A legend visits Anfield


February 4, 1916
Bob Crompton always draws the crowd. For long years he has been given up periodically as “on his last legs.” A veteran they call him, and every time his automatic selection was made for international games the cry went up, “Crompton is finished!”

But Crompton continues to play full back, and when the war season started he made up his mind to help Blackpool, because he realised that if he kept out of football during the war period he would never be able to work his muscles when the game was resumed in real earnest.

Crompton appears at Anfield tomorrow with the Blackpool team, a team that has not given up hope of the Championship honours, as will be seen by all the records given below, and as Blackpool will provide Liverpool with a severe test of strength, we can depend upon Liverpool to give of their best. They store up their worst for the teams that are lowly.

Now to-morrow a piece of football worth going a long way to see will be witnessed at Anfield. Pagnam will need to dribble cleverly to get past a man of Crompton’s solidity, and there may be a charging bout which will be rousing. The crowd loves to see healthy charging between men of Crompton and Pagnam’s build, and to-morrow’s game will doubtless produce some big cheers.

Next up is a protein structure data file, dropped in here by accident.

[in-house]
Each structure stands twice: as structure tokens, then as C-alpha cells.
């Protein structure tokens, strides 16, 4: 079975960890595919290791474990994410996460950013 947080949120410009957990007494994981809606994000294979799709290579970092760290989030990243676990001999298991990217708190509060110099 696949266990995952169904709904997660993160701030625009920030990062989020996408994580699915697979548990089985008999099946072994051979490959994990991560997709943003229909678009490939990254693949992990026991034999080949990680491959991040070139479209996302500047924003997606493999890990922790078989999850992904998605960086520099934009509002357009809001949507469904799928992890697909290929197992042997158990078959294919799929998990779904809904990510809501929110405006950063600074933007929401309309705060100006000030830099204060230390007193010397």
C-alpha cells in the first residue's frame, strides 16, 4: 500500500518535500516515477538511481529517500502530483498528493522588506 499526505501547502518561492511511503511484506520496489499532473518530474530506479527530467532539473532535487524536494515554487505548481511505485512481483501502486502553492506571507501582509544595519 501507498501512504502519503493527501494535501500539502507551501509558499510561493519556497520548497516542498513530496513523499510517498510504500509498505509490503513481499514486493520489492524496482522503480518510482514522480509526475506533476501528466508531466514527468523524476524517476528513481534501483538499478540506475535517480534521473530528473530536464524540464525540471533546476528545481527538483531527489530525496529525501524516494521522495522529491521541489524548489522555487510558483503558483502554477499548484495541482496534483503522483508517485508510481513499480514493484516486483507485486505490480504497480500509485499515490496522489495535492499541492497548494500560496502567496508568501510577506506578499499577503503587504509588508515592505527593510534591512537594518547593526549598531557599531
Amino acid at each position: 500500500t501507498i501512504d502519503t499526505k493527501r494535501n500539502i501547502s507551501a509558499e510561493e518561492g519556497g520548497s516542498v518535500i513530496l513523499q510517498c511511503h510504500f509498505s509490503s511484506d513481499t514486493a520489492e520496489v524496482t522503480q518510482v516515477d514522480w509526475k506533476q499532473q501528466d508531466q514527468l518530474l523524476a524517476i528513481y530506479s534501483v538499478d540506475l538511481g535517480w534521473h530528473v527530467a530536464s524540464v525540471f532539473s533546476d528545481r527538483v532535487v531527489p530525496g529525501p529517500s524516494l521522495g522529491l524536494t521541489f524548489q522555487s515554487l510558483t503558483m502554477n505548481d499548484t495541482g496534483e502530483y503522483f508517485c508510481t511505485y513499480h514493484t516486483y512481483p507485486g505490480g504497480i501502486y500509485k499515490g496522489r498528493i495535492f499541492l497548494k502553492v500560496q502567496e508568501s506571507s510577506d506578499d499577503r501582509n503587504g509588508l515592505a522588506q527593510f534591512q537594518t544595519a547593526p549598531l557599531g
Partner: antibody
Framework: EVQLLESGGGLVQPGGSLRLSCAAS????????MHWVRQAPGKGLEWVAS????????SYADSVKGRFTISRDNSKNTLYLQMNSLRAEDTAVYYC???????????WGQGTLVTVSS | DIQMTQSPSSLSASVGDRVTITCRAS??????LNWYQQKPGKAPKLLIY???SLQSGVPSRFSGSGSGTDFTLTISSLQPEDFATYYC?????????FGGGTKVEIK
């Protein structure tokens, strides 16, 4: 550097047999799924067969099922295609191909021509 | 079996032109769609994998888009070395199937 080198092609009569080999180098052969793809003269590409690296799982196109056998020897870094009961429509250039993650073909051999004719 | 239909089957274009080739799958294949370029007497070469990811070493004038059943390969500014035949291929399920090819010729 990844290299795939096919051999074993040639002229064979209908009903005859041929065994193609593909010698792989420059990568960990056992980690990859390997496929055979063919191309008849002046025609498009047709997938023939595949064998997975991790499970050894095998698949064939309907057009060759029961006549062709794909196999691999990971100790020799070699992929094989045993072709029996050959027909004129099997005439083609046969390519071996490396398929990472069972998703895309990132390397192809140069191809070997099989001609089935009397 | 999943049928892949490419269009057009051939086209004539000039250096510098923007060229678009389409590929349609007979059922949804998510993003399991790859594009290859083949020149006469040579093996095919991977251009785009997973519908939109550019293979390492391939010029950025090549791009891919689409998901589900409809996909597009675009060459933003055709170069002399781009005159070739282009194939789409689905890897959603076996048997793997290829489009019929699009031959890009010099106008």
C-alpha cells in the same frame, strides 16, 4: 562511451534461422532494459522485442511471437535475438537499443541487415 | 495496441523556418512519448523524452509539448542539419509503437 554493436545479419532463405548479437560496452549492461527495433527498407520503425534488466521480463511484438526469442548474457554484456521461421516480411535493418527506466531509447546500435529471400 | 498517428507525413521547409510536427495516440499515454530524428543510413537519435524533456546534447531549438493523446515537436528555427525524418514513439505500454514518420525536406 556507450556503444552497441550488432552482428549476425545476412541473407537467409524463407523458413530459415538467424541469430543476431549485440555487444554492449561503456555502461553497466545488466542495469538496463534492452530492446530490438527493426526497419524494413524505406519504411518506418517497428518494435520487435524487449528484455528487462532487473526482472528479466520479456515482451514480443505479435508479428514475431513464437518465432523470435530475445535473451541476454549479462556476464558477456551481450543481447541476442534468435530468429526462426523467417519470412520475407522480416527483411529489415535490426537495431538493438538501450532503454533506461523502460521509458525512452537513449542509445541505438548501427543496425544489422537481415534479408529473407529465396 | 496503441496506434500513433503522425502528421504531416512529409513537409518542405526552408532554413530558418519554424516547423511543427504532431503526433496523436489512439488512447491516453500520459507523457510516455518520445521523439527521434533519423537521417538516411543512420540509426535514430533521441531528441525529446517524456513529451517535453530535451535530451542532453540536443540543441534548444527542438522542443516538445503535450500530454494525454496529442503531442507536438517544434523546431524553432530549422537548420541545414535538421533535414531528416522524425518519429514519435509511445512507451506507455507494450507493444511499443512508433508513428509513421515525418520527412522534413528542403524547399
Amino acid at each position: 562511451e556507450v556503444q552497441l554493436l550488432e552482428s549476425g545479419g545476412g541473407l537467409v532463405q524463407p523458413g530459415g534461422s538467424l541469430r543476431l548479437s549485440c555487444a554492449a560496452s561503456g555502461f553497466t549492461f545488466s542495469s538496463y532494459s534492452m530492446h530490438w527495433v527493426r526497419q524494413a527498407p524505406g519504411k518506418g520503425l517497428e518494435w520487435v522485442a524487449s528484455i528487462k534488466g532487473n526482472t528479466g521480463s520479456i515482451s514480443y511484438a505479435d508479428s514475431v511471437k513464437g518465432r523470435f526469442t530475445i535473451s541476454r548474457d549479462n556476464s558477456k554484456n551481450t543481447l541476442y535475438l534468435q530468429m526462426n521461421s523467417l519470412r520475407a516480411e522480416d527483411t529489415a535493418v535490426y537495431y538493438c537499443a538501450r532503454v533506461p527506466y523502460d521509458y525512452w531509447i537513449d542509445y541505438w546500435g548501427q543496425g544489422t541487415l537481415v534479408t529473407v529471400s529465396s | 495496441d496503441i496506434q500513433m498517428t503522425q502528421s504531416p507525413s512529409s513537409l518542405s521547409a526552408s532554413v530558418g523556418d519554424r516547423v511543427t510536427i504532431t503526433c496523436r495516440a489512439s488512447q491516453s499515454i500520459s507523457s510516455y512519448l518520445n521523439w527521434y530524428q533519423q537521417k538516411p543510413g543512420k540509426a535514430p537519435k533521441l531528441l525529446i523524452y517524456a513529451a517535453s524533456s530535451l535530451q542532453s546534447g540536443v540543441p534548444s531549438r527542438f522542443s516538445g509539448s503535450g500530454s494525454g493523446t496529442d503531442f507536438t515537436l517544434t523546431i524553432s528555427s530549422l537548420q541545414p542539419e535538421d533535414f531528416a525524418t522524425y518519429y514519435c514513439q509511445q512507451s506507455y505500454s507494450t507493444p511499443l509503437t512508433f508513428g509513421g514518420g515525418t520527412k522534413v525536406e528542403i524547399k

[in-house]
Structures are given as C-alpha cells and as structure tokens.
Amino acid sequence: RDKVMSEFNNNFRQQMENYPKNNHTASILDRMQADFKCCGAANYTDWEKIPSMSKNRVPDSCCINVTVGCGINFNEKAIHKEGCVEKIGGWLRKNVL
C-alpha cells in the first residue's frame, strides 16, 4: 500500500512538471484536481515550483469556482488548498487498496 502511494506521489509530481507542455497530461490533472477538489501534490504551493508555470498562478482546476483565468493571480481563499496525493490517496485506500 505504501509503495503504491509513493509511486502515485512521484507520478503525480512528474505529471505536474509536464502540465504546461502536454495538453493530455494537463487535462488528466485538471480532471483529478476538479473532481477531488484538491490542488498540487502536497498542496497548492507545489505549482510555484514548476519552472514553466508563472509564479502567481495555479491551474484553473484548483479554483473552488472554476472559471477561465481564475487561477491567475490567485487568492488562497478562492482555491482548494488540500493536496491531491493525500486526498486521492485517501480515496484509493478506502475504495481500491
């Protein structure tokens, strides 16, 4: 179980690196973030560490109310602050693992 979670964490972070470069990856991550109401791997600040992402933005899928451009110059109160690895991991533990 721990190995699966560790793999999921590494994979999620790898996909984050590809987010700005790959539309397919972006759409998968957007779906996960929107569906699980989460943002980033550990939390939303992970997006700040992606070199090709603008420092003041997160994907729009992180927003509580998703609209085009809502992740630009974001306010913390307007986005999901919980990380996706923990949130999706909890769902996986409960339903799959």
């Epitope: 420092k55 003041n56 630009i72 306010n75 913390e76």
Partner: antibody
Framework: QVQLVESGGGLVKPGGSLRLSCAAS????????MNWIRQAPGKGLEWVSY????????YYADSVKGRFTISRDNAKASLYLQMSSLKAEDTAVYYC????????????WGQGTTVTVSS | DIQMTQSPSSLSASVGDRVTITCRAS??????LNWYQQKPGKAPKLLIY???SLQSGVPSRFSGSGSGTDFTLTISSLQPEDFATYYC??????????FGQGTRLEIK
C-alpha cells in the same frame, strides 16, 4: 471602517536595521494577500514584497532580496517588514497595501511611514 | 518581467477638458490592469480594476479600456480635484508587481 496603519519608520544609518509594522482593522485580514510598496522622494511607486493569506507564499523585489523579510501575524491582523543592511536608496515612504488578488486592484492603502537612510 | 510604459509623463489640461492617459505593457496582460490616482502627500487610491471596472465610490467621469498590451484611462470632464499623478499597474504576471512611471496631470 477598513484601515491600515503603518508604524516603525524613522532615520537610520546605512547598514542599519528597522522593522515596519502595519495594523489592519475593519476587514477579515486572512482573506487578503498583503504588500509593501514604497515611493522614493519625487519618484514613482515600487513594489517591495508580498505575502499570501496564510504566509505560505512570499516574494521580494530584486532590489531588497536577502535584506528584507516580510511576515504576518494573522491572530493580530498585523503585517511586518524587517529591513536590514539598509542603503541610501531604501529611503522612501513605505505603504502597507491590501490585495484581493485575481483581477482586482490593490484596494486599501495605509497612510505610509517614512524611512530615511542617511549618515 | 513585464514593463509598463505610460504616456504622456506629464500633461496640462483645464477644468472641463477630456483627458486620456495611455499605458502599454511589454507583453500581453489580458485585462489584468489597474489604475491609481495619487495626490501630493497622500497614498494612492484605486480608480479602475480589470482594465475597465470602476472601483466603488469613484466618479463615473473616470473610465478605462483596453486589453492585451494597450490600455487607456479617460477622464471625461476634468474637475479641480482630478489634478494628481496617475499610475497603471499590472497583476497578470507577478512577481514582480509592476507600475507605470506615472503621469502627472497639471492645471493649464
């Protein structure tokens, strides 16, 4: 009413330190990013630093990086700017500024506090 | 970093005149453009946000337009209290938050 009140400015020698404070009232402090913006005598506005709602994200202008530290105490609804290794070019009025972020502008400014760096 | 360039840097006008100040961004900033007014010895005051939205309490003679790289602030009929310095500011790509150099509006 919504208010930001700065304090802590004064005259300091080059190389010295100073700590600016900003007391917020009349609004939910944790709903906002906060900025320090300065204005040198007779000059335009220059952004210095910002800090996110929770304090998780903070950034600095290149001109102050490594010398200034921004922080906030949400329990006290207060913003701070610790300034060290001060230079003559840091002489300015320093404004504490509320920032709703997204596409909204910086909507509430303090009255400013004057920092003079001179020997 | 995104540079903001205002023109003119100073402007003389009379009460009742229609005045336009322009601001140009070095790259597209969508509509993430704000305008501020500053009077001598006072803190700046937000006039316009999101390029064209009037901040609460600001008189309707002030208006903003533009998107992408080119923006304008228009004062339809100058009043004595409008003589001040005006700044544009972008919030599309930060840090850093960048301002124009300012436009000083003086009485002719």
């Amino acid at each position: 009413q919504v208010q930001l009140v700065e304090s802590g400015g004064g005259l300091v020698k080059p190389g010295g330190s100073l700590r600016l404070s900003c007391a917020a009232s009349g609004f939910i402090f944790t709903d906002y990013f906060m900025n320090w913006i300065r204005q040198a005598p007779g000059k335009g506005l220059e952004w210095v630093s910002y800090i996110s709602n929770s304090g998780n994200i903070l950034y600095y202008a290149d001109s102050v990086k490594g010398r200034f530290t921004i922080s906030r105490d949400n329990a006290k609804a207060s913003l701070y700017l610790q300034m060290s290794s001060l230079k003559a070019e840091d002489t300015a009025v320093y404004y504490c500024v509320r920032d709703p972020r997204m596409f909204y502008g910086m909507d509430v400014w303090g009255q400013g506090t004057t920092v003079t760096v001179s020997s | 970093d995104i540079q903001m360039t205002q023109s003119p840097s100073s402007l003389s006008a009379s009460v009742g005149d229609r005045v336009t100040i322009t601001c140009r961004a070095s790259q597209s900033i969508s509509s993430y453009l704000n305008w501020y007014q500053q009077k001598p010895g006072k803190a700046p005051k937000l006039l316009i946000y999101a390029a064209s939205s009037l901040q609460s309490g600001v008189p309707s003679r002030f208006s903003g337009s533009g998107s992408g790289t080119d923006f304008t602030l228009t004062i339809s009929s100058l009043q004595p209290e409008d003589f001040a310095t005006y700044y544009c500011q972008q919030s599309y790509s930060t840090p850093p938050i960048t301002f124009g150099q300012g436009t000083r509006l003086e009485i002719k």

Pagnam has not been altogether successful in some of his recent games through his desire to go through entirely on his own, the long shot having been lost to his repertory. Pagnam can shoot, and though I have never recommended wild shooting. I do hope Pagnam will, when circumstances permit, save his legs and shoot with all the force we know is contained in his right-foot shooting.

Blackpool as a team have a number of personalities, mainly from the Blackburn side, and altogether the game promises to be one of the best seen in the city this season – which is saying much, for the football has been admirable throughout.

In addition to the ordinary attraction Liverpool’s side adds an attraction by the playing of an outside left, of Altrincham, named Cunliffe, who, if not a wit, is said to be a clever winger. The return of Kenneth Campbell is also a matter which will interest Liverpool folk.

Campell has not been idle during his soldiering at Crosby; he has been helping the regimental team to get the leading place in the Military League, and his form, I am told, has been of the very best.

Metcalf returns to the forward line, and to make room for Cunliffe.

Mackinlay is takin a rest.
Donald Mackinlay’s form has been of a high order throughout, but he has stood in need of a rest, and, as you know, the selection committee could not “drop him” – he’s too good. The game starts at 3.15, and as there is ample time for meal-taking prior to the match, a large crowd is expected.

Liverpool. – Kenneth Campbell, Ephraim Longworth and James Middlehurst, Norman Bradley, Arthur Goddard, and Walter Wadsworth, Ernest Pinkney, Wilfred Watson, Fred Pagnam, Arthur Metcalf, and Tommy Cunliffe.
(Liverpool Echo: February 4, 1916)

Bob Crompton

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